Friday, October 12, 2012

A Big Storm!

I thought that would get your attention, but I'm not talking about the system presently rumbling through Utah.

Today is the 50th anniversary of the 1962 Columbus Day Storm, which was produced by the most powerful extratropical cyclone to affect the west coast of the United States during the instrumented record.  It was an unbelievable event, and there hasn't been anything like it since.

The cyclone could be traced to Typhoon Freda in the western tropical Pacific.  Freda underwent extratropical transition, migrated across the Pacific, and then intensified off the Oregon coast, attaining of minimum central pressure of 955 mb.  Analyses from Lynott and Cramer (1966) show the structure of the storm as it rumbled up the Pacific Northwest coast.

Source: Lynott and Cramer (1966)
In a summary of the storm posted on his blog, Cliff Mass of the University of Washington notes that the storm killed 46 and blew down 15 billion board feet of timber.  Peak gusts were ridiculous.  130+ mph along the Oregon Coast, 116 in Portland, 106 in Troutdale, etc.  Some of these are estimates due to destroyed anemometers.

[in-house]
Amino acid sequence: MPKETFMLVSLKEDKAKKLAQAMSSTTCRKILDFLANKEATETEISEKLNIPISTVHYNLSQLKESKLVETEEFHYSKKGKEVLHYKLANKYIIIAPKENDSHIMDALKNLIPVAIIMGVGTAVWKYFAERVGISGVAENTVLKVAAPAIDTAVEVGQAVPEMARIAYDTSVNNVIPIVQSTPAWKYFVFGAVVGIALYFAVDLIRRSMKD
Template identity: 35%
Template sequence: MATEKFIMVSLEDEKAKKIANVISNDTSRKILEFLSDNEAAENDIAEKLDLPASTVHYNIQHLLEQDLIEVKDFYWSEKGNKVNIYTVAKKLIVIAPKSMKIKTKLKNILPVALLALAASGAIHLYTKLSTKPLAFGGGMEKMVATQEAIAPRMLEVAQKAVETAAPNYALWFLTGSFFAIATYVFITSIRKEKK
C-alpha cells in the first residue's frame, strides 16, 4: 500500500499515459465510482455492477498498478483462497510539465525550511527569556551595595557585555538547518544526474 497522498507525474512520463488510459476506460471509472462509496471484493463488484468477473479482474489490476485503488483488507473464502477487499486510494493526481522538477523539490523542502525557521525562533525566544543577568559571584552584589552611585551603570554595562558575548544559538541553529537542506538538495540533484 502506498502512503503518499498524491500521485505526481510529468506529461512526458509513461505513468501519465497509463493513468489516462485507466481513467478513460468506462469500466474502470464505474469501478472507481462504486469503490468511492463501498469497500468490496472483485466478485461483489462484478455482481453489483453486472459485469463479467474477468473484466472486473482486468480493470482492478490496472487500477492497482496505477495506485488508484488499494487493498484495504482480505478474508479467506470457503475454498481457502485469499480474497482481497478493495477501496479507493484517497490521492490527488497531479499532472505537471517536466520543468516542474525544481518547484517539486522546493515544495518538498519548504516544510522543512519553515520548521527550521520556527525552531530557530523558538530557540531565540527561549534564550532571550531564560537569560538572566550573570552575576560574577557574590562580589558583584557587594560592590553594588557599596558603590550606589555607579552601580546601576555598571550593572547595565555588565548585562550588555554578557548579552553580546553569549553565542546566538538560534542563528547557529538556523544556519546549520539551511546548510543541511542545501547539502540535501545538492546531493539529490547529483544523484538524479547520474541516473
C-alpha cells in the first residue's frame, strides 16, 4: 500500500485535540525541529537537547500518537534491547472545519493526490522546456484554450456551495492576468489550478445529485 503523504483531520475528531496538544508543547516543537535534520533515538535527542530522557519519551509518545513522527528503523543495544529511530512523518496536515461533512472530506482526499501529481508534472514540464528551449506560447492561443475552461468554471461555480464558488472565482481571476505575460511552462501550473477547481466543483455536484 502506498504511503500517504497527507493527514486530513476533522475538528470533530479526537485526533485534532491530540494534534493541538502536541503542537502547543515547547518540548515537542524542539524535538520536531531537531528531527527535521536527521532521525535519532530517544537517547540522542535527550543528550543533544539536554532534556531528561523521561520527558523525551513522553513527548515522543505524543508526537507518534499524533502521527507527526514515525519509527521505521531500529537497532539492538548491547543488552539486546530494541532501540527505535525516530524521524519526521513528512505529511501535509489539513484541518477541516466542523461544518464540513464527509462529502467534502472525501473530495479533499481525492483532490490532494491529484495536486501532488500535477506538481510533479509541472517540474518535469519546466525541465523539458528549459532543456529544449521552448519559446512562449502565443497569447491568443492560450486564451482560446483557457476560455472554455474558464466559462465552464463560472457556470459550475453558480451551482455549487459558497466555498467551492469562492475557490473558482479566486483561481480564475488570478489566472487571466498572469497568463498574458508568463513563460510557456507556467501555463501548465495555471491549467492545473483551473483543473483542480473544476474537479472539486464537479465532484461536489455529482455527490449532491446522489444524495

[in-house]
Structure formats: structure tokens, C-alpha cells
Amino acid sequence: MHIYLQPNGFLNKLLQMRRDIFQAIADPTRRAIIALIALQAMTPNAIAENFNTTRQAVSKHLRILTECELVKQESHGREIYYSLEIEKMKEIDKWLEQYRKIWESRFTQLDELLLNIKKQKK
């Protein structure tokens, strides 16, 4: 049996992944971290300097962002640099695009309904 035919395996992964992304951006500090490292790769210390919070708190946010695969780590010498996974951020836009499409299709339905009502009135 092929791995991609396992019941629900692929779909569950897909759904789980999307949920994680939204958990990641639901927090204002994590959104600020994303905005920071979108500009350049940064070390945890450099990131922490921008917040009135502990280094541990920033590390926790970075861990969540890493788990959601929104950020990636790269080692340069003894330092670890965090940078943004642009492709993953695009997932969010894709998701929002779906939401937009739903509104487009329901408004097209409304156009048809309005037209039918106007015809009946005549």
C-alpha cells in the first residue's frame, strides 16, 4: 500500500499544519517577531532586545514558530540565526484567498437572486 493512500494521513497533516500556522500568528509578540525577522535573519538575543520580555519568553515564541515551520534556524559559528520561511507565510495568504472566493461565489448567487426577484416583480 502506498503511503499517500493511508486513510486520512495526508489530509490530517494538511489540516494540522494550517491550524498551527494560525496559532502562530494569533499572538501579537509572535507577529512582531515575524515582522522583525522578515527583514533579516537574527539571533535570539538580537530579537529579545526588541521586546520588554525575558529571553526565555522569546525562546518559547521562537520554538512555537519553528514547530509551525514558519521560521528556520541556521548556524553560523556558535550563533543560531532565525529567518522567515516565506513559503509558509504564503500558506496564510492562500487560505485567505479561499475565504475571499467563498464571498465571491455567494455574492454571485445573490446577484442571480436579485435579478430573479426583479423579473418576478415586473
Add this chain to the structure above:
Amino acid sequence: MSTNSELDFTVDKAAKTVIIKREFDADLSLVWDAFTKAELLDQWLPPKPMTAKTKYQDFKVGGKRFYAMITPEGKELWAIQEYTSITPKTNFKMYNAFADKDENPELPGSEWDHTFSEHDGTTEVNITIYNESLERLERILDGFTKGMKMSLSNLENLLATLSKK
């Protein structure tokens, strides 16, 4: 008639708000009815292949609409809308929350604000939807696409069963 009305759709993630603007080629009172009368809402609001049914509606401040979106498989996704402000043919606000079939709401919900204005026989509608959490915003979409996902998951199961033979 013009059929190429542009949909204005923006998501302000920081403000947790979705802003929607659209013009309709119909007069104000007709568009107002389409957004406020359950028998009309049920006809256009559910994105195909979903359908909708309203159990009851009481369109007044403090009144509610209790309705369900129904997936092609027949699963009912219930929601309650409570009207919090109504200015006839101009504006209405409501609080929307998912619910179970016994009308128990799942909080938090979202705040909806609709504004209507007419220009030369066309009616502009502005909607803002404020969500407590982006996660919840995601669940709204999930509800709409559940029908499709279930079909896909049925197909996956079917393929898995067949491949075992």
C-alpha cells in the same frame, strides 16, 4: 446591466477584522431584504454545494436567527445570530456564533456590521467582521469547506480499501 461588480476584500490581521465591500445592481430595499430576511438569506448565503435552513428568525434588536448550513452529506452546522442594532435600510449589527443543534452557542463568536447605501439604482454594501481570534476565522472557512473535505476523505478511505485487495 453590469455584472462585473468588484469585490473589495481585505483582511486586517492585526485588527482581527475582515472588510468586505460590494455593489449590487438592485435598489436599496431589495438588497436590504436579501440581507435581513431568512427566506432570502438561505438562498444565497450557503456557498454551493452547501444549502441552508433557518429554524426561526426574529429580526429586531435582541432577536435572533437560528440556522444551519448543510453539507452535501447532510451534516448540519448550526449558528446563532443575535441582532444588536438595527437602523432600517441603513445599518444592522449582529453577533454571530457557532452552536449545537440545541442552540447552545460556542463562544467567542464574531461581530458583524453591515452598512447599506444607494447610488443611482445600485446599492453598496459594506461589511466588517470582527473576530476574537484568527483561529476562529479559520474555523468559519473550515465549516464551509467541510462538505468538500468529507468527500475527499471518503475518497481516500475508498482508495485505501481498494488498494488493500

Have a look at Cliff's summary provided at the link above for more information, or see his book The Weather of the Pacific Northwest.


  1. Is there any good data on temps/freezing levels associated with the 1962 storm? Just curious... I can only find RAOBs archived back to the 1970s.

    Also, as far as our current closed low: This looks like the type of system that is a big contributor to the autumn precip max in much of eastern Utah, which peaks right around early October. The primary moisture source in this case is the Gulf of California. In contrast, similar closed lows during the winter and spring seasons rarely seem to pick up much moisture from there.

  2. I should say "a" primary moisture source, although based on the wind fields I think that most of the moisture over Utah today originated there.